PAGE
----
Top Ten Tuesday: Most Memorable Secondary Characters


top ten tuesday

Top Ten Tuesday is an original feature/weekly meme created at The Broke and the Bookish. The feature was created because The Broke and Bookish are particularly fond of lists (as are we!). Each week a new Top Ten list topic is given and bloggers can participate.

 Today’s Topic: Most Memorable Secondary Characters

We can’t forget these supporting characters!



Get ready. My list is quirky. I like secondary characters who are quirky and/or intelligent.

1. Simon Lewis (The Mortal Instruments by Cassandra Clare): Simon is witty and lovable. I can’t help but get a warm, fuzzy feeling when I think about him. If I were a literary character, he’d be my sidekick because I would constantly be laughing. I can’t say much about Simon without giving away too much plot, but I like how he doesn’t play second fiddle in the story and is essential to the plot.

2. Hassan Harbish (An Abundance of Katherines by John Green): Hassan is another funny guy. He is very lazy and admittedly overweight. Hassan really seems to drive the plot of the book. He uses his Muslim heritage to get out of things he doesn’t want to do, which is comical. Oh, and he loves Judge Judy.

3. Uncle Larry (Living with Jackie Chan by Jo Knowles): I just read this book last week, and I will never forget Larry, Josh’s Karate-loving uncle. When Josh is struggling, Larry takes him in, and he is a major support in Josh’s life. Larry consistently inserts nuggets of Karate wisdom into conversations, which is quite amusing. And the guy just can’t stop smiling. This makes me, in turn, smile.

4. Rue (The Hunger Games by Suzanne Collins): Rue teaches readers to never underestimate the little guy. She flies like a monkey between trees and represents purity and goodness. “She has bright, dark eyes and satiny brown skin and stands tilted up on her toes with her arms slightly extended to her sides, as if ready to take wing at the slightest sound. It’s impossible not to think of a bird.” Rue’s goodness is a perfect foil to the Capitol’s wickedness.

5. Atticus Finch (To Kill a Mockingbird by Harper Lee): As a future parent, I want to be exactly like Atticus Finch. When no one else stands up for Tom Robinson, Atticus does, even though he knows he won’t win the case. He teaches so many wonderful morals to Scout and Jem about work ethic and empathy. If I have a son, I would consider naming him Atticus (and it is too bad the name is so peculiar or this would be set in stone).

I can’t choose just five. I need to cheat.

6. Hassan (Kite Runner by Khaled Hosseini)

7. Slim (Of Mice and Men by John Steinbeck)

8. Magnus Bane (The Infernal Devices by Cassandra Clare)

9. Prince Brigan (Fire by Kristin Cashore)

10. Ma Joad (Grapes of Wrath by John Steinbeck)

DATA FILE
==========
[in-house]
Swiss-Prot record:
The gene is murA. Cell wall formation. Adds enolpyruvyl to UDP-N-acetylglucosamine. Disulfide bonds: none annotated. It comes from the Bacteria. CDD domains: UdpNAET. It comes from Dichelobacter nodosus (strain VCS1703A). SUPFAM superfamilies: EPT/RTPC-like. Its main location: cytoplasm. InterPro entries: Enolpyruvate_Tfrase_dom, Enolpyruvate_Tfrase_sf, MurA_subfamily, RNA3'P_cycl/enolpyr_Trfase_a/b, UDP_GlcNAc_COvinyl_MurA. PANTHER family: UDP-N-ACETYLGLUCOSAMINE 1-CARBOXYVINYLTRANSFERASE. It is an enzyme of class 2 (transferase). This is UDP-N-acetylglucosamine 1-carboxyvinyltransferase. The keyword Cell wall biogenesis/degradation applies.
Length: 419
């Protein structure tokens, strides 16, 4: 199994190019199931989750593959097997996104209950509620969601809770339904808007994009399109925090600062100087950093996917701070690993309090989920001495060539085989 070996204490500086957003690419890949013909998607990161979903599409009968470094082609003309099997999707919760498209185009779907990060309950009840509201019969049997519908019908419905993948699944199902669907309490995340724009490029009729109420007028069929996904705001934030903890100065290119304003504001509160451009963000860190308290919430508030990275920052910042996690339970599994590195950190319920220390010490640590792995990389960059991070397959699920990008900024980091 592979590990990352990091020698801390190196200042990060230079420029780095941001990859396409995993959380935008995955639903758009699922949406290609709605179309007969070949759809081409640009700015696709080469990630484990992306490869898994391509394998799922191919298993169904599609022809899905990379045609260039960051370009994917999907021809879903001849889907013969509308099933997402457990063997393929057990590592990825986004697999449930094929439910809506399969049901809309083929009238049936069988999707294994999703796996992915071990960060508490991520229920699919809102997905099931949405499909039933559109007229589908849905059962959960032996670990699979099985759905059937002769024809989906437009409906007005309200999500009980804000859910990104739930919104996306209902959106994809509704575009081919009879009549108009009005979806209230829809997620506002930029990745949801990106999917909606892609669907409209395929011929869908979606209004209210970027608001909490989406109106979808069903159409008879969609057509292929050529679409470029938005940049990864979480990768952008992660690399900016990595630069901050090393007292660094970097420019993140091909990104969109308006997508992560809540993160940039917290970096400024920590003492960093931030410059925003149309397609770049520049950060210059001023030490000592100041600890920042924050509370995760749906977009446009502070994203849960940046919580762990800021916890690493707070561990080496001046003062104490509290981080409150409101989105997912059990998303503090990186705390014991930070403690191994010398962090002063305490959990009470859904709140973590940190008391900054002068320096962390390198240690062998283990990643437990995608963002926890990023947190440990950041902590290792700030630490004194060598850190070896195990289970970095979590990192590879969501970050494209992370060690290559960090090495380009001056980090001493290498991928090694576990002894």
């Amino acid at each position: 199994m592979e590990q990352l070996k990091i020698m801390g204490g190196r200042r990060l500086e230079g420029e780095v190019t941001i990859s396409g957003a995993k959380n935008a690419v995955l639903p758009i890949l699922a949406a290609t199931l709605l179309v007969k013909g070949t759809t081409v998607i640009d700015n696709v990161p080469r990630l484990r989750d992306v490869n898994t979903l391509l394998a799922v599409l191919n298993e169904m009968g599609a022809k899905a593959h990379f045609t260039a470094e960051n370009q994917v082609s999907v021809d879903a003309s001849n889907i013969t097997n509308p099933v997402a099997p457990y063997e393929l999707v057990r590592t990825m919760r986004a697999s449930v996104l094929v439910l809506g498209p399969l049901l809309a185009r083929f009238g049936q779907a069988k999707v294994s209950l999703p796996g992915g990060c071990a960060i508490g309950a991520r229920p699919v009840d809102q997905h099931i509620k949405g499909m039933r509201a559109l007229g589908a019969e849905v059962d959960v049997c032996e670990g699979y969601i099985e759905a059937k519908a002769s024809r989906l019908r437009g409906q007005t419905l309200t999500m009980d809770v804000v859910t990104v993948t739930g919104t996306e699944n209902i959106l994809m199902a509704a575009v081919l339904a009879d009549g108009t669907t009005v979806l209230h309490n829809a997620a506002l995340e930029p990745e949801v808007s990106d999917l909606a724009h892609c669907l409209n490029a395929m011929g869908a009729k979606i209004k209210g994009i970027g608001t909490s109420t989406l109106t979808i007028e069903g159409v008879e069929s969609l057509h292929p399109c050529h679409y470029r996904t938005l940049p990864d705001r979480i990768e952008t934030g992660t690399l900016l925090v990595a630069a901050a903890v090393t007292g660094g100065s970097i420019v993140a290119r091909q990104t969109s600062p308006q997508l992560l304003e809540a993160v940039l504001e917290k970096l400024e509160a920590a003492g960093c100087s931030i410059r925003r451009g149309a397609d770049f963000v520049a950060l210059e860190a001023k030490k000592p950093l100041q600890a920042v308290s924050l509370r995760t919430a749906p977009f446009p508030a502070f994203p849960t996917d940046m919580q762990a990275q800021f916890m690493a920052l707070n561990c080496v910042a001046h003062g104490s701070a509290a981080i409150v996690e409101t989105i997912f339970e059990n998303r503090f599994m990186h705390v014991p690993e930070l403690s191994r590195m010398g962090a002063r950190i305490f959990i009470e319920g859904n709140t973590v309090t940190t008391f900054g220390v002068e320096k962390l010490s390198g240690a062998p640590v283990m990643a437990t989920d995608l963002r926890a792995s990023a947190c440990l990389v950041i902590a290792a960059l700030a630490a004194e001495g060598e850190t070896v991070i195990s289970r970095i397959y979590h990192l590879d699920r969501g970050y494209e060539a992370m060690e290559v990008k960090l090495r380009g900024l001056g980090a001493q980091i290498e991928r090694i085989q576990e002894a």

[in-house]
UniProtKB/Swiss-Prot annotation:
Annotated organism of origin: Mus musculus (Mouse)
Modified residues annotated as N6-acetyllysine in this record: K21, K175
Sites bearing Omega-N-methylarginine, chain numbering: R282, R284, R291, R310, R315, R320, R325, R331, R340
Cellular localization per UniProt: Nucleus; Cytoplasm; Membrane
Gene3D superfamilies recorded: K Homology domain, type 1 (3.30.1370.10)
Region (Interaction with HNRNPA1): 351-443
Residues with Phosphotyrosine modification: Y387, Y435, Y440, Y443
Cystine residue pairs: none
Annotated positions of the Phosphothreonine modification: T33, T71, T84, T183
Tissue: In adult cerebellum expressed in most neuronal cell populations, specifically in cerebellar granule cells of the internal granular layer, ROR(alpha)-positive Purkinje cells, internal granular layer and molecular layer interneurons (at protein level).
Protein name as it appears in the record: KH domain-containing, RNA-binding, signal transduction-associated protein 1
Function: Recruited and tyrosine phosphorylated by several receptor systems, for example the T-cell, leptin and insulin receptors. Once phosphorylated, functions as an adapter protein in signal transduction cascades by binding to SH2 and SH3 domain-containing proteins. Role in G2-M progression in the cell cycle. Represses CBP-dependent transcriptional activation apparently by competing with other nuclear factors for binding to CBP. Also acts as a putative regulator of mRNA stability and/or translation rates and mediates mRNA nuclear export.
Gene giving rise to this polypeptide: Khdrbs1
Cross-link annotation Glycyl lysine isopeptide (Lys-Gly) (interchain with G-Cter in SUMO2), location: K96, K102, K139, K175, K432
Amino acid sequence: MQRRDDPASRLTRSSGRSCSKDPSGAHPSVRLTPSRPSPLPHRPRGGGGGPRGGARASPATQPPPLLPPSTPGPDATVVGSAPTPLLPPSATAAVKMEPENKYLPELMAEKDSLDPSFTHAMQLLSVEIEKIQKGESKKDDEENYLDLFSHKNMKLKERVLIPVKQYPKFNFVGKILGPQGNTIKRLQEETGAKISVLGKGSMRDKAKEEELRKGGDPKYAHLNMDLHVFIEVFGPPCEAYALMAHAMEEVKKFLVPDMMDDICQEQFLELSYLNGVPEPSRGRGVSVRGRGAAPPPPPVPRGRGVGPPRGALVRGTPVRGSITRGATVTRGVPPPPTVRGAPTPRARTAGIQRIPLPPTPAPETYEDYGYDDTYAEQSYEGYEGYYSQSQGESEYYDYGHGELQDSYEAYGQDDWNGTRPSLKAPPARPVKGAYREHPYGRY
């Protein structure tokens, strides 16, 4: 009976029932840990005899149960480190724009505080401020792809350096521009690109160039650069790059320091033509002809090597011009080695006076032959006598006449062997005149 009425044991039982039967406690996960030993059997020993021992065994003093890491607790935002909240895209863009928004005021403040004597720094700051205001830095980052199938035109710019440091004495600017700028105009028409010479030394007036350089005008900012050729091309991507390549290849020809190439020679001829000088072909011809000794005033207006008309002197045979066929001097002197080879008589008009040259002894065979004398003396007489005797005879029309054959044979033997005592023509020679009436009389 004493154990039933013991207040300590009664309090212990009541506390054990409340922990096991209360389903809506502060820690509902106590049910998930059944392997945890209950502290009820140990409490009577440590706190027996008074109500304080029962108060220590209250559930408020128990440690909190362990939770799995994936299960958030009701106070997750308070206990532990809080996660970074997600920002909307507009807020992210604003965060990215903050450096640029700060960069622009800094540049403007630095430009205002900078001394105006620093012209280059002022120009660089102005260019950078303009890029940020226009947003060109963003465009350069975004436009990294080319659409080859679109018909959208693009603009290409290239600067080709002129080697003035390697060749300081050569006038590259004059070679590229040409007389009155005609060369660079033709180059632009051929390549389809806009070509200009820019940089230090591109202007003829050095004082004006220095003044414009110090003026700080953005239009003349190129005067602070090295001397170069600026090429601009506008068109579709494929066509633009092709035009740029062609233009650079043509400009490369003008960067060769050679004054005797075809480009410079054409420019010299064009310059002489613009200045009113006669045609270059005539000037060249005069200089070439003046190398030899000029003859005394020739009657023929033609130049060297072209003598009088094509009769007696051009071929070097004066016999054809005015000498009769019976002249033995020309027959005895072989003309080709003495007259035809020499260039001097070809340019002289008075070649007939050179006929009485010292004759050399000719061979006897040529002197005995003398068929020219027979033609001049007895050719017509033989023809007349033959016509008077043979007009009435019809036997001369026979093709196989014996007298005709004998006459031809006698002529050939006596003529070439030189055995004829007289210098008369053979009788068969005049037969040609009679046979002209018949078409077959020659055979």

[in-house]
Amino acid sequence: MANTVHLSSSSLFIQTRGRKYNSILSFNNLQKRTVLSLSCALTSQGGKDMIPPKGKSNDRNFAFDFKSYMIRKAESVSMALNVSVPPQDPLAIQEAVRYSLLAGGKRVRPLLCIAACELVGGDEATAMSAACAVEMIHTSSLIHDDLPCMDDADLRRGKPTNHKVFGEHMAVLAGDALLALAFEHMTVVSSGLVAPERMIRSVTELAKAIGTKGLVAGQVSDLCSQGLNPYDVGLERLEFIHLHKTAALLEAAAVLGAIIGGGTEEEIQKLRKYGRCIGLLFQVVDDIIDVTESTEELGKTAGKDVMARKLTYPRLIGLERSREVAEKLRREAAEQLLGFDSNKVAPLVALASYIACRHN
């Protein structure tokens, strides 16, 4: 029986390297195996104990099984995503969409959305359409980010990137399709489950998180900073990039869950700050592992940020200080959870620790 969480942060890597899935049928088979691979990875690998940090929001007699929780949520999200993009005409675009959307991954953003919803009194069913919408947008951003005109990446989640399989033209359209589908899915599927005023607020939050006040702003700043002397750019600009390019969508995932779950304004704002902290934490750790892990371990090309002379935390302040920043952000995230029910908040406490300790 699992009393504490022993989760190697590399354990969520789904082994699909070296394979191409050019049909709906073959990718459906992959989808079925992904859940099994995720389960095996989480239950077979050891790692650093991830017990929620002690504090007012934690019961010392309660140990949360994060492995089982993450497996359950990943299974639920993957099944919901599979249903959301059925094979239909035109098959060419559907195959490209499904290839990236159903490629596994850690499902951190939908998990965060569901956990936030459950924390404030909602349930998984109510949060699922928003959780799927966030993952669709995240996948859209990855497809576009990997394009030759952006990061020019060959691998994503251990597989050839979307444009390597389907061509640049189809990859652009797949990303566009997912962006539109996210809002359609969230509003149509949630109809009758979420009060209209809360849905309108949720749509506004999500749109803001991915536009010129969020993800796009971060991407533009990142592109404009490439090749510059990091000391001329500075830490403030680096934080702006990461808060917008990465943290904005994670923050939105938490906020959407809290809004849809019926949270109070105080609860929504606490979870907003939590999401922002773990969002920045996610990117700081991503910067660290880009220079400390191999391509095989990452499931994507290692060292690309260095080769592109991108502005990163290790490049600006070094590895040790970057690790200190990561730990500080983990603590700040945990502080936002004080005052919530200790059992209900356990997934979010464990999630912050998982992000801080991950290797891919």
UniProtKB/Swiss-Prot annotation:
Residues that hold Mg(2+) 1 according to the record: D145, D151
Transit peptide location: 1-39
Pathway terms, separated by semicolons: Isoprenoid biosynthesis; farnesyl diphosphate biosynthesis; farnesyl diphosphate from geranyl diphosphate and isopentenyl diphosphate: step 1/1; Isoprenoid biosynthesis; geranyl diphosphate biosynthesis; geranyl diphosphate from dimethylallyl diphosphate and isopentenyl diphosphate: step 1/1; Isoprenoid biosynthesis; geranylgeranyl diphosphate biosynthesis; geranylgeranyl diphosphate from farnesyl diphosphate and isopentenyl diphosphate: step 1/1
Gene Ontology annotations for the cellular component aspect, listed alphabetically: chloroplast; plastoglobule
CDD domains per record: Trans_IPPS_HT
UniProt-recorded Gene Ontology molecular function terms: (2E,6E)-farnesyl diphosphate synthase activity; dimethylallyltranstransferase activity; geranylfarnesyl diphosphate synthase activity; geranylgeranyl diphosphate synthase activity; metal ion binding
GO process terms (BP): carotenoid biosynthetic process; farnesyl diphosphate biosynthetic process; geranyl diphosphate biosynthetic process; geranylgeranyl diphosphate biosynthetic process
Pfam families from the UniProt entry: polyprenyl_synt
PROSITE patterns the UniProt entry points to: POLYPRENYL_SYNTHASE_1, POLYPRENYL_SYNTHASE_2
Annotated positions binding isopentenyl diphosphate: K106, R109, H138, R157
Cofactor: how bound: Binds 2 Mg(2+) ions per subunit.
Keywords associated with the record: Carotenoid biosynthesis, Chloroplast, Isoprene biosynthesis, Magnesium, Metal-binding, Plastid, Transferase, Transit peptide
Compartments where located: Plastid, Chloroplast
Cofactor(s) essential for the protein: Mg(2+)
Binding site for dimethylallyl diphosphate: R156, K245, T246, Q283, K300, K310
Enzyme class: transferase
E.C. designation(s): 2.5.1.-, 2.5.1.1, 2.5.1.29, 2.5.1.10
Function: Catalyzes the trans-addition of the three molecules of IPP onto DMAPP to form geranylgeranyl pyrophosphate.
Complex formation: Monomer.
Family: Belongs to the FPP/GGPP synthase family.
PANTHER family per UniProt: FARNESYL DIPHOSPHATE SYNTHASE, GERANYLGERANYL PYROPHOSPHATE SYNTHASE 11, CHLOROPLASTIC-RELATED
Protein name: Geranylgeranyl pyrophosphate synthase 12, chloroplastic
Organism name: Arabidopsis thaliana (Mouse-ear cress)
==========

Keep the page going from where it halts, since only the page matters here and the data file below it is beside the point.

1. Ruby and Stella and Bob (The One and Only Ivan by Katherine Applegate): Ivan’s cast of characters makes you love Ivan even more. His interactions with the other characters show you his characters. Stella helps mold Ivan into who he is, Ruby’s innocence pushes him to do something he’d never though he’d do, and Bob is the comic relief.

2. Smithers (Alex Rider series by Anthony Horowitz): I love Smithers. Whenever he shows up in an Alex Rider book, you know that an awesome gadget is going to show up. He is brilliant and funny.

3. Phoebe Winterbottom (Walk Two Moons by Sharon Creech): Phoebe is a character who I actually do not like at all, but you definitely remember her. Phoebe is obnoxious, self-righteous, loud, but she also has a huge imagination and really makes the story interesting.

4. Summer and Mr. Browne (Wonder by RJ Palacio): Summer shows that there are 10 year olds that are still loving and thoughtful. Oh, and most importantly – kind. Mr. Browne is an awesome teacher. I love his precepts and how he teaches his class. What a way to make students reflect about their lives and to think deeply.

5. Manchee (The Knife of Never Letting Go by Patrick Ness): Manchee, Manchee, Manchee! Oh how everyone who read Knife loves you. Because of the Noise, the all-male population of Prentisstown can also hear the thoughts of their male animals which gives us Manchee, Todd’s dog, who is the best friend a boy could have.

I’m also going to cheat:

6. Kate (Matt Cruse Trilogy by Kenneth Oppel)

7. Isaac (The Fault in our Stars by John Green)

8. Sam Yu (Curse Workers series by Holly Black)

9. Patrick (Shine by Lauren Myracle)

10. Nero (Blood Red Road by Moira Young)

11. The Pink Ladies and other bonobos (Endangered by Eliot Schrefer)

Who are your favorite secondary characters?


5 thoughts on “Top Ten Tuesday: Most Memorable Secondary Characters”

  1. I’ve been really surprised that all the lists that pull from the Cashore trilogy pull from Bitterblue except for one other. So yay Prince Brigan!! And I never expected to see Walk Two Moons on one of these lists!! I think out of all the Sharon Creech novels I read as a kid this one might be my very favourite as I believe it was my very first of hers.

    • Really?! Bitterblue was wonderful, but really it was the book that left the least impact. Po or Prince Brigan are my favorite Cashore secondary characters 🙂

      YAY Walk Two Moons! It is one of my favorite lit circle books because it causes such amazing discussions.

      Thank you for stopping by 🙂


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